S. Africa Buries Remains of 'Sarah'

With a solemn burial ceremony Friday, South Africa sought to restore dignity to an indigenous woman who had been displayed like a circus freak in Europe two centuries ago.

Saartjie Baartman, an indigenous Khoisan, known as Sarah, died in 1816, was treated as a circus animal by the English, Dutch and French colonialists. Her skeleton and bottled organs were stored in a museum in France until the South African government negotiated their return earlier this year.

**Baartman became a symbol of the humiliation and subjugation experienced by the indigenous Khoisan and blacks under colonialism and then apartheid.

“The story of Sarah Baartman is the story of the African people,” President Thabo Mbeki said at the funeral. “It is the story of the loss of our ancient freedom … It is the story of our reduction to the state of objects who could be owned, used and discarded by others.”

**Hundreds of people attended the funeral in the rural town of Hankey, about 470 miles east of Cape Town, where Baartman was born in 1789. The ceremony coincided with national Women’s Day.

Speakers praised the funeral for finally restoring dignity to a woman who had been horribly mistreated in both life and death.

“I hear the cry of Sarah Baartman. Her soul cries out with relief that at last the pain and humiliation are gone,” indigenous rights activist Willa Boezak said.

Before Baartman’s burial, herbs were set on fire as part of a traditional ceremony to purify her remains.

Government officials and men wearing loin cloths and carrying bows watched as her coffin, decorated by two aloe wreaths, was slowly lowered into the ground as a choir sang softly in the background.

**A member of the Griqua tribe, Baartman was sold in 1810 to a British Marine surgeon who exhibited her in London in a cage. She then was sold to an animal trainer and exhibited naked in Paris, where she was called the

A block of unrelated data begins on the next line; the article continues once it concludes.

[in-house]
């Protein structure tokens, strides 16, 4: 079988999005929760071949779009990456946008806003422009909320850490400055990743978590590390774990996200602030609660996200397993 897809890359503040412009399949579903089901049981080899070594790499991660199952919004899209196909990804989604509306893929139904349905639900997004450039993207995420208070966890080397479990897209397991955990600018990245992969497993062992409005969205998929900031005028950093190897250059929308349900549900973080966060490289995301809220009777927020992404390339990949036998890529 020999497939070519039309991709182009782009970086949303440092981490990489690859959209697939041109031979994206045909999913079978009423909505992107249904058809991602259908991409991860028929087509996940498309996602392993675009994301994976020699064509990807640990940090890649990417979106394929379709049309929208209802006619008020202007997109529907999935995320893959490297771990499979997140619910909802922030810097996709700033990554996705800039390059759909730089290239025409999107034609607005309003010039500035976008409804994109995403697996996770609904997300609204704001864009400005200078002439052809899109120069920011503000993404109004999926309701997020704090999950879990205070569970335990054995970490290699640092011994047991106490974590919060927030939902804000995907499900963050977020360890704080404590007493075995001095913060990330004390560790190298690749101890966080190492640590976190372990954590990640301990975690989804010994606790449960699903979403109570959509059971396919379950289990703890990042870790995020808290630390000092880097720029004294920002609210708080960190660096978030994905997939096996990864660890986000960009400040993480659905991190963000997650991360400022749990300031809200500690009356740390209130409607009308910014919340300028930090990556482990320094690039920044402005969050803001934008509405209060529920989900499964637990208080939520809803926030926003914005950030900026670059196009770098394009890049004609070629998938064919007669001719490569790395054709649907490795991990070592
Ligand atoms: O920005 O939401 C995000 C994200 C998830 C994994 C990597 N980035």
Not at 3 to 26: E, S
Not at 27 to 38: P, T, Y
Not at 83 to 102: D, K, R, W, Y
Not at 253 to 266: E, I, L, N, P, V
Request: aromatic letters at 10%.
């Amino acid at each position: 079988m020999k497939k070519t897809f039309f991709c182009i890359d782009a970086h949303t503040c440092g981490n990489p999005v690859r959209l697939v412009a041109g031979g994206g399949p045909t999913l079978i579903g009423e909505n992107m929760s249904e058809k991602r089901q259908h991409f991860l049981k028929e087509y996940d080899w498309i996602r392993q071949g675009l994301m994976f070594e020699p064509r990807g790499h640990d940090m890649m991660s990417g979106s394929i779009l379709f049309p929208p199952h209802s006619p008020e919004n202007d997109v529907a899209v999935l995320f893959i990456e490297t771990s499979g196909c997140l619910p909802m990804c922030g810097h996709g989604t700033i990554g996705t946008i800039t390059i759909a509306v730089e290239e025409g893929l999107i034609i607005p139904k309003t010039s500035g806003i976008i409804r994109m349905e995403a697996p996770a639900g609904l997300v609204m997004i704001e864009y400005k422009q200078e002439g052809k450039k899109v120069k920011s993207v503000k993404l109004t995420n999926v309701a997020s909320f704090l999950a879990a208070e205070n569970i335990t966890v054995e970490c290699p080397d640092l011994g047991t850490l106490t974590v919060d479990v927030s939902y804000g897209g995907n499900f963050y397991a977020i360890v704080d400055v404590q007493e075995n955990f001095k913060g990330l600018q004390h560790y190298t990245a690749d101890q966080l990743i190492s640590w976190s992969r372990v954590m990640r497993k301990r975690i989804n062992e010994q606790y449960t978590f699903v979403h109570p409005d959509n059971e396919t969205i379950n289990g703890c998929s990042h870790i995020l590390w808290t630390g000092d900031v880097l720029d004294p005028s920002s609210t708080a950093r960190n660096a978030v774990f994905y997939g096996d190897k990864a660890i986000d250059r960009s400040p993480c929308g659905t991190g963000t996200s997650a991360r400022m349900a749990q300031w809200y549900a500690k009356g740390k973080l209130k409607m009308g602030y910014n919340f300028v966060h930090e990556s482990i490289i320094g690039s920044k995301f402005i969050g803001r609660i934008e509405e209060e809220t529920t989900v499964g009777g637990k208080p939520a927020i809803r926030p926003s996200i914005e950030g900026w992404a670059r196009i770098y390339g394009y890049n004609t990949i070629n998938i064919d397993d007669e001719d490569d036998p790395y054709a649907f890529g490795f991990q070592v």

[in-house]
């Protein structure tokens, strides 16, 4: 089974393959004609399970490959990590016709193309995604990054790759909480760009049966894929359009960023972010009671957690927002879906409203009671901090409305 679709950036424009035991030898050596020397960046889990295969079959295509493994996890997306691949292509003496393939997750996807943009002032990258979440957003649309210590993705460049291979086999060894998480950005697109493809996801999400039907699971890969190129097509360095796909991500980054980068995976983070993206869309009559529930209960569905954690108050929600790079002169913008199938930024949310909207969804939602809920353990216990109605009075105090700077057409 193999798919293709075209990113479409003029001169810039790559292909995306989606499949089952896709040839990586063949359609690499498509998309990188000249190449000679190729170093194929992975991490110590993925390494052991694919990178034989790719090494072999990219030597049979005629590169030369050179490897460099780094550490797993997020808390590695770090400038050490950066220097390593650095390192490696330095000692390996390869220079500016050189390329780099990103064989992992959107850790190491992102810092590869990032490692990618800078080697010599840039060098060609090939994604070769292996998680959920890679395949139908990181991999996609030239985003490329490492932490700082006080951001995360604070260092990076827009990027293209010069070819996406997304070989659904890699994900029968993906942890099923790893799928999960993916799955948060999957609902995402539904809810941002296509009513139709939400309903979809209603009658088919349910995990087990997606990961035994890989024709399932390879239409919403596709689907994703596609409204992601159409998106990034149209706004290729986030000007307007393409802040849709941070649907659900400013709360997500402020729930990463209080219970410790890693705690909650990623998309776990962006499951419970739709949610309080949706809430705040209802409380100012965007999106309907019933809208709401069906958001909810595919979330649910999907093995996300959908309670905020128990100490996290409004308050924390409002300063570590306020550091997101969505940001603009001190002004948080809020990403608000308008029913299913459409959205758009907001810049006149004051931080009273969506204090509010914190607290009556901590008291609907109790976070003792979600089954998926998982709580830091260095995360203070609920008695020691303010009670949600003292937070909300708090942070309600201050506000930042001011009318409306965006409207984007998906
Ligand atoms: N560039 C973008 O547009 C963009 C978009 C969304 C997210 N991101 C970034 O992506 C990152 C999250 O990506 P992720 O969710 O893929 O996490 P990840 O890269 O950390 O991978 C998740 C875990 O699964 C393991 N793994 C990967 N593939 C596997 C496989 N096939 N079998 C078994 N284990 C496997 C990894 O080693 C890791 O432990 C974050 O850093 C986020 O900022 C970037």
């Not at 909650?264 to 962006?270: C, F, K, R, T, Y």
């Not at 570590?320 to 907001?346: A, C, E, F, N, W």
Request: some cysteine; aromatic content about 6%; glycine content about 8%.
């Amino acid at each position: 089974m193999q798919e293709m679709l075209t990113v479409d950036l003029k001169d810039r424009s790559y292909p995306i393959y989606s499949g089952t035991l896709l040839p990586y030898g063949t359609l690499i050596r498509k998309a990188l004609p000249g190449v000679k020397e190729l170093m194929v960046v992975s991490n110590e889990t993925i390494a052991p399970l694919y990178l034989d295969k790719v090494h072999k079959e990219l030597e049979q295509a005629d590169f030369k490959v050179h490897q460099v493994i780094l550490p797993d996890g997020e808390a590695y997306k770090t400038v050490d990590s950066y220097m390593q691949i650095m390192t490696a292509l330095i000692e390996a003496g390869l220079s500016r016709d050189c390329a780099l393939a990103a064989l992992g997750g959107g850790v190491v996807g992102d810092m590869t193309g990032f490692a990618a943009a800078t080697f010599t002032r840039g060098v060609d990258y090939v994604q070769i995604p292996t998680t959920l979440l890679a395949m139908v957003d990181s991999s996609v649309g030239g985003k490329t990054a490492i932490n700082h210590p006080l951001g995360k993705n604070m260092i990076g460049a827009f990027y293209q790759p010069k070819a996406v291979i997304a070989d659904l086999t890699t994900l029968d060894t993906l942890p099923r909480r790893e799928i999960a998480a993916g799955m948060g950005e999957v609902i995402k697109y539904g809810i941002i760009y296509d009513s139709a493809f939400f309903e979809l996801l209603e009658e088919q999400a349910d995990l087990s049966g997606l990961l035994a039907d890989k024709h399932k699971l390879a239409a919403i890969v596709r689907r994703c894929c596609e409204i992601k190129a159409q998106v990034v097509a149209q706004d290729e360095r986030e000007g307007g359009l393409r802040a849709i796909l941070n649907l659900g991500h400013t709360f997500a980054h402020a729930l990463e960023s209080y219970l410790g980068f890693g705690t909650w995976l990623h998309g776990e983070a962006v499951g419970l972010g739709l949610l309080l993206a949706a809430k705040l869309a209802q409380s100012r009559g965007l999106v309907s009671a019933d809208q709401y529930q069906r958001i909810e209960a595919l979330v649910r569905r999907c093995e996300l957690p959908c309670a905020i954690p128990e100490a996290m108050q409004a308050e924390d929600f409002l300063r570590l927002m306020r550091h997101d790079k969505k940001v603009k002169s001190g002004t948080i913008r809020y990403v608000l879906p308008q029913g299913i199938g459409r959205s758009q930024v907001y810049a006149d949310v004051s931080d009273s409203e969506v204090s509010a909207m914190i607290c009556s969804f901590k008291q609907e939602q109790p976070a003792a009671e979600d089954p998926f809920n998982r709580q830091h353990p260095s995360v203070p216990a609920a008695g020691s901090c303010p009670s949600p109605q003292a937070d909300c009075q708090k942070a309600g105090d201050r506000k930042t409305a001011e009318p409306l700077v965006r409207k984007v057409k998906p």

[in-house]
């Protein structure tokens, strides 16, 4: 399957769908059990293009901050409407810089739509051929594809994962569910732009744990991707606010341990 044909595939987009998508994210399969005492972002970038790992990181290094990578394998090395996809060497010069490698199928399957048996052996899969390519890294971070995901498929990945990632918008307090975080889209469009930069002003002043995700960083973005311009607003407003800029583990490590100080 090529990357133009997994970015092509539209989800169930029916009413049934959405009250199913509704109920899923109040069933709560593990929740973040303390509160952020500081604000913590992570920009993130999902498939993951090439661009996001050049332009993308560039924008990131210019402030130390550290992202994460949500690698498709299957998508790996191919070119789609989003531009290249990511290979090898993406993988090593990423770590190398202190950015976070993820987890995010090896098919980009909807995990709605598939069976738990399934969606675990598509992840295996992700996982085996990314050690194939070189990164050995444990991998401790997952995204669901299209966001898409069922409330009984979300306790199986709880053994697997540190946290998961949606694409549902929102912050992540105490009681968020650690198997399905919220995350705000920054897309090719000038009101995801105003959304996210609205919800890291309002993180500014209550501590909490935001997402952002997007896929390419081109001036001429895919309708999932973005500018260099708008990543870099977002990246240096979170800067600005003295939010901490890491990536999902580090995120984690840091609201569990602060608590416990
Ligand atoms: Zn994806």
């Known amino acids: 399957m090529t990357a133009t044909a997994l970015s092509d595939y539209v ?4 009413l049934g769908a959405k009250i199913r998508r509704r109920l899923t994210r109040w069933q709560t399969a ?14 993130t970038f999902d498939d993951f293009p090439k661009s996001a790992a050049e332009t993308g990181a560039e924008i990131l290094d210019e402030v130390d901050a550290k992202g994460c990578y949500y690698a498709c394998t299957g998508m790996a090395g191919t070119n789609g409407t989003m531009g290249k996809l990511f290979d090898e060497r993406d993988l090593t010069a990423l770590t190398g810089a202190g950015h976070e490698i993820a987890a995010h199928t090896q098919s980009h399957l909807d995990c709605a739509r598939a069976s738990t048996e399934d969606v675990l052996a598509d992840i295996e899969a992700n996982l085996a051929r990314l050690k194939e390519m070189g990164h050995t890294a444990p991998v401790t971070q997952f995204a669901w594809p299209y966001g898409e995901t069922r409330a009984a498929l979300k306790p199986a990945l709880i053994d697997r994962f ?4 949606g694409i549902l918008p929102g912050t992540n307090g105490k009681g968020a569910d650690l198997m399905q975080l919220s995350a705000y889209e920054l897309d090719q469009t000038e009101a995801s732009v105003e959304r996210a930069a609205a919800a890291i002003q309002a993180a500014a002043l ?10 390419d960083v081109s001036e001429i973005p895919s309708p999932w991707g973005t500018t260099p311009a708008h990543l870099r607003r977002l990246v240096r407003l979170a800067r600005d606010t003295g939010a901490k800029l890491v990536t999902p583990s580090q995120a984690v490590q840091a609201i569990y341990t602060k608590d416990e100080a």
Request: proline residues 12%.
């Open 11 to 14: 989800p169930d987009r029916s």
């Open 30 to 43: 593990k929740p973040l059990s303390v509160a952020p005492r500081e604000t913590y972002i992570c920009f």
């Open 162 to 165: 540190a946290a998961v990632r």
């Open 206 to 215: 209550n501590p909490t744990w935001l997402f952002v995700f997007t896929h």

**“Hottentot Venus.”
After her death in 1816, a famous surgeon made a cast of her body, dissected her and conserved her brain and genitalia in bottles of formaldehyde. The painted plaster cast of Baartman’s body was displayed in Paris’ Musee de l’Homme until 1974, when it was stashed in a back room along with her remains.

Mbeki said Baartman was exploited by European scientists to prove their racist theories about white superiority.

**“Sarah Baartman was taken to Europe to tell this lie in the most dramatic way possible,” he said. However, it was not Baartman who was a barbarian, “but those who treated her with barbaric brutality.”

**Since all-race elections ended apartheid in 1994, the South African government had appealed for Baartman’s remains to be returned, a process that took years and required a change in French law.

Boezak and others said South Africa must now tackle the problems of abuse of women and children and discrimination against the Khoisan, the indigenous hunter-gatherer peoples commonly known as bushmen.

**The Khoisan had suffered severely under colonialism. The Dutch and British who settled the Cape province on Africa’s tip regarded them as savages, shooting them at will and driving them off their land. They remain one of the poorest communities in the region.

**Mbeki said the grave would become a national heritage site and a monument would be built in Cape Town, “from where Sarah Baartman began her voyage of misery and death.”

Mbeki exhorted his people to work together to build a nonracial society and a land of gender equality.

“When that is done, then it will be possible to say that Sarah Baartman has truly come home,” he said.